*Inova Health Systems in Springfield is looking for a (full-time) communications consultant:

Inova Health Systems – Springfield, VA
The Physician Communications Consultant, in partnership with the Director of Communications, helps develop and drive internal communications and higher levels…
From RichmondJobSource.com

*Discovery Communications in Silver Spring has an opening for an editorial assistant to the senior vice president of talent resources:

EA to SVP Talent Resources
Discovery Communications – Silver Spring, MD
Degree or equivalent experience required. * Strong oral and written communication skills. * Ability to assess priorities and prioritize workload within a highly…
From CommunicationsJobs.net

*With a hat tip to mediabistro.com, LivingSocial has several openings in D.C., including for an assistant editor:

Industry Internet/Online/New Media
Benefits 401K/403B, Bonuses, Dental, Health, Stock/Options
Job Duration Full Time
Job Location Washington, DC USA
Job Requirements Are you a savvy writer/editor looking to depart the world of newspapers and magazines? LivingSocial, the hottest new form of online advertising and social commerce, is hiring an assistant editor to help with the content creation process for our daily deals. We love great writing and word play (clever turns of phrase tickle us pink!), and think the most exciting stuff to read online is full of energy and wit. Agree? Then keep reading:

Job Responsibilities:

* Edit copy for our daily deals;
* Assign and manage freelance copywriters to ensure consistency and style;
* Write up to 5 snazzy deal descriptions each day;
* Proofread, proofread, proofread (!!!) everything from daily deals to marketing collateral;
* Coordinate with operations team to ensure timely and quality deliverables;
* Help shape LivingSocials unique voice and product;
* Wear a variety of hats when needed to help us create one heck of dynamic product.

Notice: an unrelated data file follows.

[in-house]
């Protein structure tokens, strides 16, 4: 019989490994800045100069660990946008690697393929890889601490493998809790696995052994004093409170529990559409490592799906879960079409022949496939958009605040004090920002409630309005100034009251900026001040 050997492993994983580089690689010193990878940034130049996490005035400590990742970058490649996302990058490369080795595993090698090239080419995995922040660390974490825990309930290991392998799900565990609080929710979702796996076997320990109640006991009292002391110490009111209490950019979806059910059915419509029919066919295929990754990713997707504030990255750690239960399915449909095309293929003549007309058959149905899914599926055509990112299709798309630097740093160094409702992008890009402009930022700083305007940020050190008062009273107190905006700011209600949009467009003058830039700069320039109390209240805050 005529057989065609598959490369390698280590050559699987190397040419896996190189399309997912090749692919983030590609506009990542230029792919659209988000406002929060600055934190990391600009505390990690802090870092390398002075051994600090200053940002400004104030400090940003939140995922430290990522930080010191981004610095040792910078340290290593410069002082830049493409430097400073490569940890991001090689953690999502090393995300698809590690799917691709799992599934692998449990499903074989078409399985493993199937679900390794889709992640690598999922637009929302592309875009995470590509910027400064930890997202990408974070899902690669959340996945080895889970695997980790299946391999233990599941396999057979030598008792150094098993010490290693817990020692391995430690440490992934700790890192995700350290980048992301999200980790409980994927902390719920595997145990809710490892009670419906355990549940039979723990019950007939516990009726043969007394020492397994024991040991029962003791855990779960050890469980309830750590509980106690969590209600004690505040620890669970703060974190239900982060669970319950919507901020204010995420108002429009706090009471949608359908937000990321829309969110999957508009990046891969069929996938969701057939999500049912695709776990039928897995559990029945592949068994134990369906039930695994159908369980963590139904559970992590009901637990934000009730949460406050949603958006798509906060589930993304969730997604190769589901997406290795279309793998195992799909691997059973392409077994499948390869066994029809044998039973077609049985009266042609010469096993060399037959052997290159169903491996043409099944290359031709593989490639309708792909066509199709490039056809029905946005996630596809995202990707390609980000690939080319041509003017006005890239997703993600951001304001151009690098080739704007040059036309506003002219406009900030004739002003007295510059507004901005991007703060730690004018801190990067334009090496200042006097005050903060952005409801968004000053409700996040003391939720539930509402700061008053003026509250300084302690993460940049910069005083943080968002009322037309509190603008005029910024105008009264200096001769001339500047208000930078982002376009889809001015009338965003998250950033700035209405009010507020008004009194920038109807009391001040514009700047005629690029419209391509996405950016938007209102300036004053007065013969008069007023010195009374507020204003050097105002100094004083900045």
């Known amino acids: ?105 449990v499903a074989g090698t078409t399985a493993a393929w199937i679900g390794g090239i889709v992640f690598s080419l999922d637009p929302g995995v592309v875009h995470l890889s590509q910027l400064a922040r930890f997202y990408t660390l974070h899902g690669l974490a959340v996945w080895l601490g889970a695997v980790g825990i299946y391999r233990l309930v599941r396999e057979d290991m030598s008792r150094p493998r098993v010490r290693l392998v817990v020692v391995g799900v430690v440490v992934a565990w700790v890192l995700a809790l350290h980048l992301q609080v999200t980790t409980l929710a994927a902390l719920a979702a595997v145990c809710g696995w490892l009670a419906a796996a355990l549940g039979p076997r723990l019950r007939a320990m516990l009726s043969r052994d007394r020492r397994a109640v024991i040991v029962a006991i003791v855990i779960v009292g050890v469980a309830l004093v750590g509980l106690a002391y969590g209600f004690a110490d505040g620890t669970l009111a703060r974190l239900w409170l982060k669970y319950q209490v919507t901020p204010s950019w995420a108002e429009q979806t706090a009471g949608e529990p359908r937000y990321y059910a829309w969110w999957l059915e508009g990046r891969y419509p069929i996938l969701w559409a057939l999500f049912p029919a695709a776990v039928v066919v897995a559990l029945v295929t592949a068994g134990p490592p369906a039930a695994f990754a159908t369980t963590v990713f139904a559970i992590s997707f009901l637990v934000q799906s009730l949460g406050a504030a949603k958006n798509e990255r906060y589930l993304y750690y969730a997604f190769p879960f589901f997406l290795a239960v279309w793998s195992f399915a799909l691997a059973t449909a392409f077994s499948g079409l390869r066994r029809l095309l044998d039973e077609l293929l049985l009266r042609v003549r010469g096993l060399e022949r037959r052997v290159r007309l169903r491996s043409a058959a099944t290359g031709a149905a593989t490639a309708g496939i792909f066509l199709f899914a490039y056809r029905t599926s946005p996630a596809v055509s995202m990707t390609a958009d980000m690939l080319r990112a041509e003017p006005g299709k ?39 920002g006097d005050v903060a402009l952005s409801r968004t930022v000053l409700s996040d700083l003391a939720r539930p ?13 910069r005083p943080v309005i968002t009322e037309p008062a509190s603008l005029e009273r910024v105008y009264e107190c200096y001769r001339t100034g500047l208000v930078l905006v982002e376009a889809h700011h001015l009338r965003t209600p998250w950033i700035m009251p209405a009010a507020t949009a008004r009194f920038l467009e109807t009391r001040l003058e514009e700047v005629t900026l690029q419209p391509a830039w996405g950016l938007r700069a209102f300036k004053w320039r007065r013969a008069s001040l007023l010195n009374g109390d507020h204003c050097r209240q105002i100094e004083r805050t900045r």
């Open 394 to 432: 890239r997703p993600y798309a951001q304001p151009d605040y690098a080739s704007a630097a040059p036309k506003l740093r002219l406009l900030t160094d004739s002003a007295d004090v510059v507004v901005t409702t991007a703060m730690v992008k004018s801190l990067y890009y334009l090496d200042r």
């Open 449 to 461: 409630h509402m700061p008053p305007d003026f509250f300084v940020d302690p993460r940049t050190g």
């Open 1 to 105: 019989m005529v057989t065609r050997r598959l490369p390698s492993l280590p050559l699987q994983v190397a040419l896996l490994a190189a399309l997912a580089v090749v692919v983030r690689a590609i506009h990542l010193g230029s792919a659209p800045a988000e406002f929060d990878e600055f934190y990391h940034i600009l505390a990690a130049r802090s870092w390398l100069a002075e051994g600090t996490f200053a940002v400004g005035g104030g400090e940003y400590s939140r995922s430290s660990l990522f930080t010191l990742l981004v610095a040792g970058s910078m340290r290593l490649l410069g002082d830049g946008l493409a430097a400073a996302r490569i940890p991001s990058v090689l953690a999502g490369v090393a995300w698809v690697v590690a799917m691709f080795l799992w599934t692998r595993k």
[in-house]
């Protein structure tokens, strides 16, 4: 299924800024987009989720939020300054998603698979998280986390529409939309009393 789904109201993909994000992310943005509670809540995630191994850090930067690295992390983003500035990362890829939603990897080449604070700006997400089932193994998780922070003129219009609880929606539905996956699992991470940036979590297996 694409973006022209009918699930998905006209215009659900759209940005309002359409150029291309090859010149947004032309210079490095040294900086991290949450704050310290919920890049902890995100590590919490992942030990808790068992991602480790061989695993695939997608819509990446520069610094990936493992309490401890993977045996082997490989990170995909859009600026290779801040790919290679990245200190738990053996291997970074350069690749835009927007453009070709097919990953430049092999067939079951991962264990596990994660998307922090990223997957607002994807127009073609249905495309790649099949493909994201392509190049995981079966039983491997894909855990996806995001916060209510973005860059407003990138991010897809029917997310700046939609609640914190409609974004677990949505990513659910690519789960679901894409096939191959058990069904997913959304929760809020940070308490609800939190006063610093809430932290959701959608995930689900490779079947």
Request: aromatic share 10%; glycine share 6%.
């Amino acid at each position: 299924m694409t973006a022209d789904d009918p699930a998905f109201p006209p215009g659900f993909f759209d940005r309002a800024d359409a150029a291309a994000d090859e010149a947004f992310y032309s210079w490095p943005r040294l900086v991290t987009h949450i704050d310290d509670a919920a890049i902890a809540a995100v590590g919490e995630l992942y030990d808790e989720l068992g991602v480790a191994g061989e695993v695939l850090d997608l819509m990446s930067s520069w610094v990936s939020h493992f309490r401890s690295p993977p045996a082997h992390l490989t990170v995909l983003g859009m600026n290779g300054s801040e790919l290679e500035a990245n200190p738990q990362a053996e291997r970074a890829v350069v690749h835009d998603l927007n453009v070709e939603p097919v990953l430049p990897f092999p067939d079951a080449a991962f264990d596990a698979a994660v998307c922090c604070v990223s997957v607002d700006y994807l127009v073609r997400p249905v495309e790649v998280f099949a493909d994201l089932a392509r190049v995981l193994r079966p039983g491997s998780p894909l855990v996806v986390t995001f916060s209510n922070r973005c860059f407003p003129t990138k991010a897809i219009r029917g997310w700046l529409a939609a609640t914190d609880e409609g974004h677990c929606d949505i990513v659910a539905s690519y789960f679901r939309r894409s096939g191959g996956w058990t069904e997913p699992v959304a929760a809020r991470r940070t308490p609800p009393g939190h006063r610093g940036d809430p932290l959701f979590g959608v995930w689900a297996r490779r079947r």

* 1-4 years editorial experience at a magazine or newspaper, preferably at a daily where intense deadlines ruled your life;
* Solid clips to show your editorial prowess;
* A deft editorial eye, i.e. the ability to make bad writing dazzle;
* Clever sense of humor;
* The ability to act and adapt quickly;
* Mad attention to detail;
* A born communicator, on and off the page;
* A strong desire to be a part of something new, exciting, and super fast-paced.

*And to wrap up today’s varied group of leads (and with a tip of the hat to dcrtv.com), WBAL Radio in Baltimore is looking for a news anchor/reporter/writer:

NEWS ANCHOR / REPORTER / WRITER — WBAL RADIO. WBAL Radio, a 50kw, major market heritage station is seeking an experienced reporter / anchor / writer to become a part of our team of authoritative news voices. Must be an aggressive self-starter, with a contemporary writing style and professional, pleasant, conversational delivery. We are seeking an applicant with a proven track record and strong story-telling skills. Must embrace the multiple platform philosophy. Requires a minimum of three years prior radio news experience, preferably in a news/talk or all-news environment. College degree is desirable, but work experience is taken into consideration. Experience with AP’s ENPS, Audio Vault and Adobe Audition is helpful. Applicants should be proficient at conducting interviews, gathering and editing audio, and operating news studio control board. Must have excellent news judgment and the ability to act quickly in emergency situations. Credibility and creativity are a must. Women and minorities are encouraged to apply. EOE. Email resumes and airchecks to: msmiller@hearst.com, Mark Miller, News Director.

Happy hunting!



Entry filed under: Uncategorized.

How to pitch your skills “after a certain age” How to handle a “short stay” on your resume

Leave a Reply

Fill in your details below or click an icon to log in:

WordPress.com Logo

You are commenting using your WordPress.com account. Log Out / Change )

Twitter picture

You are commenting using your Twitter account. Log Out / Change )

Facebook photo

You are commenting using your Facebook account. Log Out / Change )

Google+ photo

You are commenting using your Google+ account. Log Out / Change )

Connecting to %s

Trackback this post  |  Subscribe to the comments via RSS Feed

DC Works has moved!

I'm now blogging at dcworks.info. I hope you'll join me there!

%d bloggers like this: